The week of the Democratic National Convention generated a few media outrages. MSNBC and big newspapers failed to give proper attention to the Democratic Party’s platform meltdown; reporters are complaining about their jobs; and there was some terrible fact-checking of Bill Clinton’s Wednesday night speech.
None of those offenses approaches what appeared over the course of four paragraphs in a Chicago Sun-Times story on the career prospects of Illinois Attorney General Lisa Madigan.
The piece from Charlotte, headlined “Lisa Madigan refuses to tip hand on governor’s race,” discusses how she has become a serious contender to challenge for the office of governor. A fine line of questioning. Until this happened:
Madigan and her husband, Pat Byrnes, have two young children, ages 7 and 4. She was asked whether she could serve as governor and still raise her kids the way she wants to.
“Wow. Does anybody ever ask that question?” she said. “I’m very lucky to have the support of my family. My husband helps take care of our kids. But, I think more people should ask that of men running for office as well.”
Pressed further on whether she could simultaneously hold both jobs — governor and mom — she said, “I can be the attorney general and do that. There are plenty of women who juggle.”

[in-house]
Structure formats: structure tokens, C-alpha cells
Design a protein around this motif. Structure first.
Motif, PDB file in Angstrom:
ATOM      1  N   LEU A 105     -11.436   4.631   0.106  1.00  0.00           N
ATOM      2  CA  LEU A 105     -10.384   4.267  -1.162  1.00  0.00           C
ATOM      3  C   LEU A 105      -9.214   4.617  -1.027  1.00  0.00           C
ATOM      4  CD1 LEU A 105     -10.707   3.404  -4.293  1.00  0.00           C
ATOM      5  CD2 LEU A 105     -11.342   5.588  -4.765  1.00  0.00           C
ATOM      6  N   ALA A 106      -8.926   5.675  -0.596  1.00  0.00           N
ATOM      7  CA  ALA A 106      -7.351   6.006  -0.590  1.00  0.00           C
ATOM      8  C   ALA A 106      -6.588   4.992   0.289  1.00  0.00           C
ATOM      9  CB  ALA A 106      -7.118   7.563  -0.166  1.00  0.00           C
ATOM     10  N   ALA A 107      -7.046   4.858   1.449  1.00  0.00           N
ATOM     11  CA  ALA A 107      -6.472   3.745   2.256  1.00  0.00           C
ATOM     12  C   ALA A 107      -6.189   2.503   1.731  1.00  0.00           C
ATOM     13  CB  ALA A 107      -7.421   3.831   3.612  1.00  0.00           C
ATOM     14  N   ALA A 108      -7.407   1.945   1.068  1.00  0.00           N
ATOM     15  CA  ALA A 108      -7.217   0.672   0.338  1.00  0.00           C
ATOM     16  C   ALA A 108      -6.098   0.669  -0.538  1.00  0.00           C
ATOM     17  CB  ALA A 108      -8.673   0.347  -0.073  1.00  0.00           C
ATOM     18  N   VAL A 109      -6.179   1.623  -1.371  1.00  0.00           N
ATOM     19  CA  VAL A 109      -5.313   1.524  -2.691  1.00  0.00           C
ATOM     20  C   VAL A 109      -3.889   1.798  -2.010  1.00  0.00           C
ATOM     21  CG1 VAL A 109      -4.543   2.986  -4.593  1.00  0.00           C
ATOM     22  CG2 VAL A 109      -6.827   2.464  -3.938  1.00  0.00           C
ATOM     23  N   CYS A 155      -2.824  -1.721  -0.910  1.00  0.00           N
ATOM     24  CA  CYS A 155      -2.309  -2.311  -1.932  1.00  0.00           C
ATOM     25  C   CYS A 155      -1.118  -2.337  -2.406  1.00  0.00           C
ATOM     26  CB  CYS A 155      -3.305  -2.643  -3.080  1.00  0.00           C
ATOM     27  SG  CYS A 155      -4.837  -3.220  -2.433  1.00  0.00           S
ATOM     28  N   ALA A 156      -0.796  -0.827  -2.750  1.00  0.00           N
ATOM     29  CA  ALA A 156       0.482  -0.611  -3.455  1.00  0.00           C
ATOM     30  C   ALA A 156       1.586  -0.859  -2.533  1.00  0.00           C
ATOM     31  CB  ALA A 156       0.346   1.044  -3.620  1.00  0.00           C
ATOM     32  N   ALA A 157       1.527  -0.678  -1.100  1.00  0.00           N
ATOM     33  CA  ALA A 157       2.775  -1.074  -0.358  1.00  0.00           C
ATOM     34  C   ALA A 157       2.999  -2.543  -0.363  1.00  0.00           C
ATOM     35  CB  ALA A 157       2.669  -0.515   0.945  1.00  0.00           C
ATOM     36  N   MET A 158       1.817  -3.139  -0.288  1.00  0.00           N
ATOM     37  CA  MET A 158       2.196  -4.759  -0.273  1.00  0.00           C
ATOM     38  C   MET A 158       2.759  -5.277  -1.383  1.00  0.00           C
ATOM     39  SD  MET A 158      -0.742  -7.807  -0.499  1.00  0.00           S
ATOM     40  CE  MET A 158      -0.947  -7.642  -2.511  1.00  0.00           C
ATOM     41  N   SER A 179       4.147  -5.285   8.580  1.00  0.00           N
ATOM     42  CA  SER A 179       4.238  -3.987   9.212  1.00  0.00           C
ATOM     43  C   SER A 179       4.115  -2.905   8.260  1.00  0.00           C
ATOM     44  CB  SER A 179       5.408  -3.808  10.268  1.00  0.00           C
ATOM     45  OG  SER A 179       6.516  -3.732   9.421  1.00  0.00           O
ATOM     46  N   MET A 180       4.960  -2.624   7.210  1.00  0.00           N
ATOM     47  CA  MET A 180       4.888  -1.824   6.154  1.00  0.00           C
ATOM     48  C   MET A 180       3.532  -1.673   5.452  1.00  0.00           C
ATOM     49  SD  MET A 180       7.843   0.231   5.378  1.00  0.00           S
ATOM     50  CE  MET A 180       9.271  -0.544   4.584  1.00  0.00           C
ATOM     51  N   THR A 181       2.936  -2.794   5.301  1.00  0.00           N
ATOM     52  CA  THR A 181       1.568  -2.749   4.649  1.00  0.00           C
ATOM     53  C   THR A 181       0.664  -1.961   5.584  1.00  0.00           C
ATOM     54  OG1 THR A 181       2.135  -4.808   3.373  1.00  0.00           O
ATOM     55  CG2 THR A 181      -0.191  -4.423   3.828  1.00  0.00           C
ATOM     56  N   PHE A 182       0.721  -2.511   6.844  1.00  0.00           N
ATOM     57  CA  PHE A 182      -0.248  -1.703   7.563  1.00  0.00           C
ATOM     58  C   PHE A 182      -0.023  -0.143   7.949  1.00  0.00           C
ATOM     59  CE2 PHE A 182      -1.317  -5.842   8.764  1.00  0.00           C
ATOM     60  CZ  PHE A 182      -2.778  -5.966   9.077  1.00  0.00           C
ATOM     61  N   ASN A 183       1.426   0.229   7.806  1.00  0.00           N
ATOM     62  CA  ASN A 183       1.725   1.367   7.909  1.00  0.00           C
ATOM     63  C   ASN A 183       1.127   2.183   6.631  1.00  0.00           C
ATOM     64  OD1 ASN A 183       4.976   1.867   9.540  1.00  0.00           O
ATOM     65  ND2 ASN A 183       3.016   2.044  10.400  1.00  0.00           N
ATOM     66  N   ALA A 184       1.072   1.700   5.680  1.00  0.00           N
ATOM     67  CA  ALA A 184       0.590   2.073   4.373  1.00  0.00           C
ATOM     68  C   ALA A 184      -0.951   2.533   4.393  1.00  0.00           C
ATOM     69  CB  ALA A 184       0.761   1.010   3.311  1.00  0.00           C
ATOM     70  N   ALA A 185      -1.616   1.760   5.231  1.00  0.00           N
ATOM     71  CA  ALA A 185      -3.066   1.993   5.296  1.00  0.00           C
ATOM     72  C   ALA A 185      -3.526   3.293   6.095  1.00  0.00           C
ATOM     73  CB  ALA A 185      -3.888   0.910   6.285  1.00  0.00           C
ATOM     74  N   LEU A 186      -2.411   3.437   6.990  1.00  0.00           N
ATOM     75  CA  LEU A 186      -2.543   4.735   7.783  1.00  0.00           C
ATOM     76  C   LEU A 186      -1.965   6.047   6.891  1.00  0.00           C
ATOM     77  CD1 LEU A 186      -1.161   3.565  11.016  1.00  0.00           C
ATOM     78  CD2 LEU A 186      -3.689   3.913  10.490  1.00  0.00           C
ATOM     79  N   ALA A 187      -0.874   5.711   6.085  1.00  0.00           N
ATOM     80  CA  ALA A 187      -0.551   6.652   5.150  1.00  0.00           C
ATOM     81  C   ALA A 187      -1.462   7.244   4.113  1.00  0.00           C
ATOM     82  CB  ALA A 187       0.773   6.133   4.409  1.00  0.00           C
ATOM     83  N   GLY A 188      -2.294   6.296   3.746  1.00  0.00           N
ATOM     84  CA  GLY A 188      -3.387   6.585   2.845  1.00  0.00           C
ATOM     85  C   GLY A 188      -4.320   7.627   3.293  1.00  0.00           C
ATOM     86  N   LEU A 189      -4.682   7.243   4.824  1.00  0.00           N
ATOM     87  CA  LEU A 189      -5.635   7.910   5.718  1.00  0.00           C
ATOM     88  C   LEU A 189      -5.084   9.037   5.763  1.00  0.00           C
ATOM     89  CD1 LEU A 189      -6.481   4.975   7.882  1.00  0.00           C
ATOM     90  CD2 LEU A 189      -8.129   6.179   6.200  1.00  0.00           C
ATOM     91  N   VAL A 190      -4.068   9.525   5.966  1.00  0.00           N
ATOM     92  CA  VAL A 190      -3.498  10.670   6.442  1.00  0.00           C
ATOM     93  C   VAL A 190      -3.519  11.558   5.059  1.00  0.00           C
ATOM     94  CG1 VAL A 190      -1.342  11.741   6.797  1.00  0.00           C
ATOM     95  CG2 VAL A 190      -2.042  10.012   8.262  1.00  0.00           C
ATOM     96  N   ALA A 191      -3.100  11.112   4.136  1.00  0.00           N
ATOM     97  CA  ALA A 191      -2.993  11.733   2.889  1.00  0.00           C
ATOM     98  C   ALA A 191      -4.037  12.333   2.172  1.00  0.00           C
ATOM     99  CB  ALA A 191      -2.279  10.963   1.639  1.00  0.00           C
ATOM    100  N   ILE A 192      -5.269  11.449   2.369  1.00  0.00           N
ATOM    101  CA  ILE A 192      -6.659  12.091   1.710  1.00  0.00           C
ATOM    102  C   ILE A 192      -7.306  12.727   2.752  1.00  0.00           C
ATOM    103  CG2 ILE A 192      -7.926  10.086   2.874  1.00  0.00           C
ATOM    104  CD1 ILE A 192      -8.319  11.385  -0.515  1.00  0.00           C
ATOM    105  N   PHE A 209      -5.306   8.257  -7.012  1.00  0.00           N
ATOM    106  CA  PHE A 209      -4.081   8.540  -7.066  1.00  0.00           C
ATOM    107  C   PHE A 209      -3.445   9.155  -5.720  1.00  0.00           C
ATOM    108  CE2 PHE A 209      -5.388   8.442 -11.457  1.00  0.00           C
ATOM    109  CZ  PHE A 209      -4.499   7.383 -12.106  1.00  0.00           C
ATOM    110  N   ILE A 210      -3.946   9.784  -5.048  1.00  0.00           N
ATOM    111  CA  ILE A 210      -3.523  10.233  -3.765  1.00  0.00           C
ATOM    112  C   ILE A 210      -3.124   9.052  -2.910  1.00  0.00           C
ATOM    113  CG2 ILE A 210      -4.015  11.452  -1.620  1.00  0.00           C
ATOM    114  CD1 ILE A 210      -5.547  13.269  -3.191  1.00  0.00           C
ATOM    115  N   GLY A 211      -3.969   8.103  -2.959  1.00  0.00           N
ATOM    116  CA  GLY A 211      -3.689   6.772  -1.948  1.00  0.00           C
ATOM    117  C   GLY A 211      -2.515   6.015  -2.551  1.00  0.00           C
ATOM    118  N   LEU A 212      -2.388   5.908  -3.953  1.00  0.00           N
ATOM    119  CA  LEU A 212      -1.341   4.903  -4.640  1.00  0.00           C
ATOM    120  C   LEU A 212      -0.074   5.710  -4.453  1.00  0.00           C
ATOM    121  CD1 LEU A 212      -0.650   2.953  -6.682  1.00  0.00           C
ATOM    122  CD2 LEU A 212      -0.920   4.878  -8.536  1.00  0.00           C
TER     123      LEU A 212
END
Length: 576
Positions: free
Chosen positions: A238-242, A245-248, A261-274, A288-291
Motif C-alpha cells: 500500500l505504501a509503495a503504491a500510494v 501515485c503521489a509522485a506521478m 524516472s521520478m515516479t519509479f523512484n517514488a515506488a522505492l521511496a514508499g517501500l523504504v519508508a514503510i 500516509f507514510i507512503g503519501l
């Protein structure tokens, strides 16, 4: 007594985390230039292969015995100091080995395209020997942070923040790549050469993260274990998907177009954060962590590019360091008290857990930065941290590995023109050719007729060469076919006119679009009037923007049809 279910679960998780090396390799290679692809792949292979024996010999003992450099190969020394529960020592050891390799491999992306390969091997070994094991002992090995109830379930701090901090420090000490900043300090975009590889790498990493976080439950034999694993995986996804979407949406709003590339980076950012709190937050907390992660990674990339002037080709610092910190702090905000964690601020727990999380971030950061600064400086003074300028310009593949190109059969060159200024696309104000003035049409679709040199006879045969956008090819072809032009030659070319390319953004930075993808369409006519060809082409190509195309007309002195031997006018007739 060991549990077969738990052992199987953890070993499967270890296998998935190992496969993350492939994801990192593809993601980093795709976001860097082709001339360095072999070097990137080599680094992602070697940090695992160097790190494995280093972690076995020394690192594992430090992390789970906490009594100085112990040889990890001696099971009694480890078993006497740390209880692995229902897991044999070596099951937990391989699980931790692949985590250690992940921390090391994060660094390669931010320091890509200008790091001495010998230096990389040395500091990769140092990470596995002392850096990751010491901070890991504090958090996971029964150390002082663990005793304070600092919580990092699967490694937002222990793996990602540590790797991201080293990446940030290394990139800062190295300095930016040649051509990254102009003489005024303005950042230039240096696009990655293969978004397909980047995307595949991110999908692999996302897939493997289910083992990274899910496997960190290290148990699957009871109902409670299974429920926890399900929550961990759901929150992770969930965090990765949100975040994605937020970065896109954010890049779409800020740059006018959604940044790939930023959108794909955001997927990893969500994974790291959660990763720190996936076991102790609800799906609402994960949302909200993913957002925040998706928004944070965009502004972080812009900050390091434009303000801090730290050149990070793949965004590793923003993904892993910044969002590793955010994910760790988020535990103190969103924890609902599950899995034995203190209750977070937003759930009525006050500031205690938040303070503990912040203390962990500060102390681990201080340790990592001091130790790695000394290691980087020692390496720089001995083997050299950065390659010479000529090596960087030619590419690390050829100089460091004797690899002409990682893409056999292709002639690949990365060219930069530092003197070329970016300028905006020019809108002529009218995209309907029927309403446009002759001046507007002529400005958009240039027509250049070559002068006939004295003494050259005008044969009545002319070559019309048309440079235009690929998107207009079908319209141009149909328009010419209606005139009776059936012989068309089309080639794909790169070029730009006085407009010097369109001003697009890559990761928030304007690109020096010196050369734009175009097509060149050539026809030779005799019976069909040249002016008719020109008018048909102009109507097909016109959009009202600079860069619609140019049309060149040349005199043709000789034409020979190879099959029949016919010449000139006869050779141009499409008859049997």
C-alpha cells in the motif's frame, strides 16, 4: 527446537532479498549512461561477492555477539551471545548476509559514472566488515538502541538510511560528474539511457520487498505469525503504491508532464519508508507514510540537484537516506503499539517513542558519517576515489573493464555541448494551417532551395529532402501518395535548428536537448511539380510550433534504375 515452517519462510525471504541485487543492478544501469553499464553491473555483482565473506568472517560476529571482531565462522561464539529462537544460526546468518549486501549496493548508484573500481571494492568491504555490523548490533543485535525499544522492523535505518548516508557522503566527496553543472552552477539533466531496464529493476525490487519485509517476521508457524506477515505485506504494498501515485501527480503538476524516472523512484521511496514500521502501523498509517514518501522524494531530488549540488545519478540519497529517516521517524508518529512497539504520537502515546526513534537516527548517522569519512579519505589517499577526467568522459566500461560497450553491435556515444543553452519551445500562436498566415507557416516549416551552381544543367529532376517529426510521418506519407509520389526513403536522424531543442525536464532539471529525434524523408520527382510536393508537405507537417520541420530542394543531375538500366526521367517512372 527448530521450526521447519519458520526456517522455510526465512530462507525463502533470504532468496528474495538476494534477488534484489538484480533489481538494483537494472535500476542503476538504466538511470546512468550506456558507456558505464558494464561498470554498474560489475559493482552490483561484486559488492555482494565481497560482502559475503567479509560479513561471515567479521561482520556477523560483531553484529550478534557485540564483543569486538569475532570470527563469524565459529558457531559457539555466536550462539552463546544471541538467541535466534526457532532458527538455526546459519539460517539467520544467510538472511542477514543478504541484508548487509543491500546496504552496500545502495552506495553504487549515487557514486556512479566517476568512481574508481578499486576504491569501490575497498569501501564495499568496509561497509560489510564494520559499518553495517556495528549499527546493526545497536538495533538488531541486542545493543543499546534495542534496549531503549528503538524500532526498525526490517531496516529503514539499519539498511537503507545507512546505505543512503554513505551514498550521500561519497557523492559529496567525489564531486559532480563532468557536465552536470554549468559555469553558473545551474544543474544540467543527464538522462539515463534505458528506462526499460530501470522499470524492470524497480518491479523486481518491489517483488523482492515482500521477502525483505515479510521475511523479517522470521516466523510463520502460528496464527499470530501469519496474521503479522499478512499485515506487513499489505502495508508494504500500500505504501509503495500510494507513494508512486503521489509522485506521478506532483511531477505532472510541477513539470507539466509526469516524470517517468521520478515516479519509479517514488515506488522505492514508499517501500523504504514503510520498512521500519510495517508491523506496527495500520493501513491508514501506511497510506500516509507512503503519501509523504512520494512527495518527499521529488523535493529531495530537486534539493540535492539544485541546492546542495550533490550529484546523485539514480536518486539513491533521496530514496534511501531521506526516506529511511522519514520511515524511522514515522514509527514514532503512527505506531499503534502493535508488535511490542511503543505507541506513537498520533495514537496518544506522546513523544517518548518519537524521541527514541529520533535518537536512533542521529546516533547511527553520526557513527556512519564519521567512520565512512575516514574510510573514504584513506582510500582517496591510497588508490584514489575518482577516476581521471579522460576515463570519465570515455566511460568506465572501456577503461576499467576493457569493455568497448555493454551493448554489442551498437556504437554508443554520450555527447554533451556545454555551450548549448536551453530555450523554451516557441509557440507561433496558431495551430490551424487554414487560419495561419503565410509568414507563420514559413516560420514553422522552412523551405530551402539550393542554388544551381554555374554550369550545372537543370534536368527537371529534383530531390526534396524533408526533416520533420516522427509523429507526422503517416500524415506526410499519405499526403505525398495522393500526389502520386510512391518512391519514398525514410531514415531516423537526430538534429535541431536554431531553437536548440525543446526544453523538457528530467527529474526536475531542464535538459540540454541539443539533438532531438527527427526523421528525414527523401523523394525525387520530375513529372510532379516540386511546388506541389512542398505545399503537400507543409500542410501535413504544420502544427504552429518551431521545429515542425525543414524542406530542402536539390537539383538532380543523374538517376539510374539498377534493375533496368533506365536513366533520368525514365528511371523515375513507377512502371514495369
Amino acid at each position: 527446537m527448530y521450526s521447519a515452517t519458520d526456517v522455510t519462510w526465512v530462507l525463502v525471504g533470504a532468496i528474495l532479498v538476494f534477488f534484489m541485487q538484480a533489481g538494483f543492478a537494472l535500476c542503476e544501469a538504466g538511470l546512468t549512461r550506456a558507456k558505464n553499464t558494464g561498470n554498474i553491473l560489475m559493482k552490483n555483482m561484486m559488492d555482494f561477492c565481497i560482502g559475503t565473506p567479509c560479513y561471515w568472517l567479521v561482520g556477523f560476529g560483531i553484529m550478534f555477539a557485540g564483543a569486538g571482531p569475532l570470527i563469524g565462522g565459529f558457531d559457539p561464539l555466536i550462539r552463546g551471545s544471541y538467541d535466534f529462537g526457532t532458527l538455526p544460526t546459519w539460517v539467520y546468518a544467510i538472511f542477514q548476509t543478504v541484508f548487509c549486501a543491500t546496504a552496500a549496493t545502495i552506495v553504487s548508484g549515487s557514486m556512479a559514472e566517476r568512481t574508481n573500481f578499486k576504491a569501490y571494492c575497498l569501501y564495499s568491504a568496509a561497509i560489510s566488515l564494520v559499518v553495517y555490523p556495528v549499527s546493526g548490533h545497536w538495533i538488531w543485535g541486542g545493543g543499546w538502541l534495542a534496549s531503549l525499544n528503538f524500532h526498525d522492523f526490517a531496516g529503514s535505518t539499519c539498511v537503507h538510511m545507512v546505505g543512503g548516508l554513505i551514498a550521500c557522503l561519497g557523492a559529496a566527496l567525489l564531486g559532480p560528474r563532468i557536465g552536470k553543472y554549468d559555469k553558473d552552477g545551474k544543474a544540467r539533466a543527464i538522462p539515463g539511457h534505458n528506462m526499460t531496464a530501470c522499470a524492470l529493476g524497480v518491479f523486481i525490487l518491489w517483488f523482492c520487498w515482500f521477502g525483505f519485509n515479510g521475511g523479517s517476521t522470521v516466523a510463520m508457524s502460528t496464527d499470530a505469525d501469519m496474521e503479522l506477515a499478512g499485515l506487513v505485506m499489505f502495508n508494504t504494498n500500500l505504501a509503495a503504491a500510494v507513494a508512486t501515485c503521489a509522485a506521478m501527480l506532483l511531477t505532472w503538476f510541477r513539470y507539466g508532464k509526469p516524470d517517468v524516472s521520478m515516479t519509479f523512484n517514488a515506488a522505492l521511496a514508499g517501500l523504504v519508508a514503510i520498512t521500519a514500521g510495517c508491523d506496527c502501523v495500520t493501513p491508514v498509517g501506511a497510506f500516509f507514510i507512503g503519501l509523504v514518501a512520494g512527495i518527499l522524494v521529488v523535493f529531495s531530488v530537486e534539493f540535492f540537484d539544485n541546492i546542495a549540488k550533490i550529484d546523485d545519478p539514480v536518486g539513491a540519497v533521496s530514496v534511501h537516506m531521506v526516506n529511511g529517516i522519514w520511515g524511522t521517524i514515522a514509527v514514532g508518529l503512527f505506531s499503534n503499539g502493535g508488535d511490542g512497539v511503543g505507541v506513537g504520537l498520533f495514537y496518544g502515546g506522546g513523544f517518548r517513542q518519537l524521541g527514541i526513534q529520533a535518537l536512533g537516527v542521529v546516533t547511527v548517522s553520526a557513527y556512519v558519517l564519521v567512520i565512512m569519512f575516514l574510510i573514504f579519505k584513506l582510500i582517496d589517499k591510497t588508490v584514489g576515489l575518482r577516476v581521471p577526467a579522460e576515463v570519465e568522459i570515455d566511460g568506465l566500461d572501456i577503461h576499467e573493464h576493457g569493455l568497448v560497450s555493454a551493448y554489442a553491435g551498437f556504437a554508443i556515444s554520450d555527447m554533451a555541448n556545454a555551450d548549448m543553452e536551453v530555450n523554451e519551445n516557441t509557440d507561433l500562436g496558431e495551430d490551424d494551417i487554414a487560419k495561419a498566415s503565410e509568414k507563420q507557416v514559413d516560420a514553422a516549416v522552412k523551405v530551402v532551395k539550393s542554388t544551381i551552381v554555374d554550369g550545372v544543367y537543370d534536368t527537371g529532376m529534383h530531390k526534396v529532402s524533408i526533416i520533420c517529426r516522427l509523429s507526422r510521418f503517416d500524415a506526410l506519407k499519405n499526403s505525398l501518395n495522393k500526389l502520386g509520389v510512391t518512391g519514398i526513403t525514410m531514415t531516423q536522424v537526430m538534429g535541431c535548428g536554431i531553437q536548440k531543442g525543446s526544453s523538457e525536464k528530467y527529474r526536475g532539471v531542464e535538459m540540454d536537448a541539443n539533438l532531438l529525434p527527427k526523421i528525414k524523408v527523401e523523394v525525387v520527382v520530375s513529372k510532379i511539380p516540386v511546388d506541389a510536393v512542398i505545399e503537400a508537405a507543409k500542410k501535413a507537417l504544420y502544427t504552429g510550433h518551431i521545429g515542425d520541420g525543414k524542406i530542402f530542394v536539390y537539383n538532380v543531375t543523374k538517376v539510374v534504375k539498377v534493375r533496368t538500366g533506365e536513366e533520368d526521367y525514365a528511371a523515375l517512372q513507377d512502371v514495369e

Reminded that being governor is a lot more demanding than attorney general, she said, “All of these jobs are very demanding. And people who, unfortunately, have to work three jobs and don’t necessarily have health-care coverage — they’re even in a worse situation. So nobody needs to give any pity on what elected officials have to endure.”
Pay close attention to the grammar here. The Sun-Times treatment notes that Madigan “was asked,” was “pressed” and was “reminded” about all these bigoted matters. Just who, then, was doing the asking? Was it some non-Sun-Times reporter who happened to be clustered around Madigan? (The blog Name It Change It has this take.)
Natalie Bauer, a spokeswoman for Madigan, replies: “It’s my understanding it was a Sun Times reporter, but you’d have to confirm with the paper who was the one asking.”
Tried; no response.
Yet who can blame the paper for trying to obscure whether the reporters bylined on the story — Dave McKinney, Fran Spielman and Natasha Korecki — had been walking around the Democratic convention armed with an appalling double-standard?
The vigor with which these questions were posed to Madigan states clearly that the questioners — whoever on earth they may be! — have their doubts as to whether Madigan could, or should, serve as governor-cum-mother. How many years into the 21st century are we?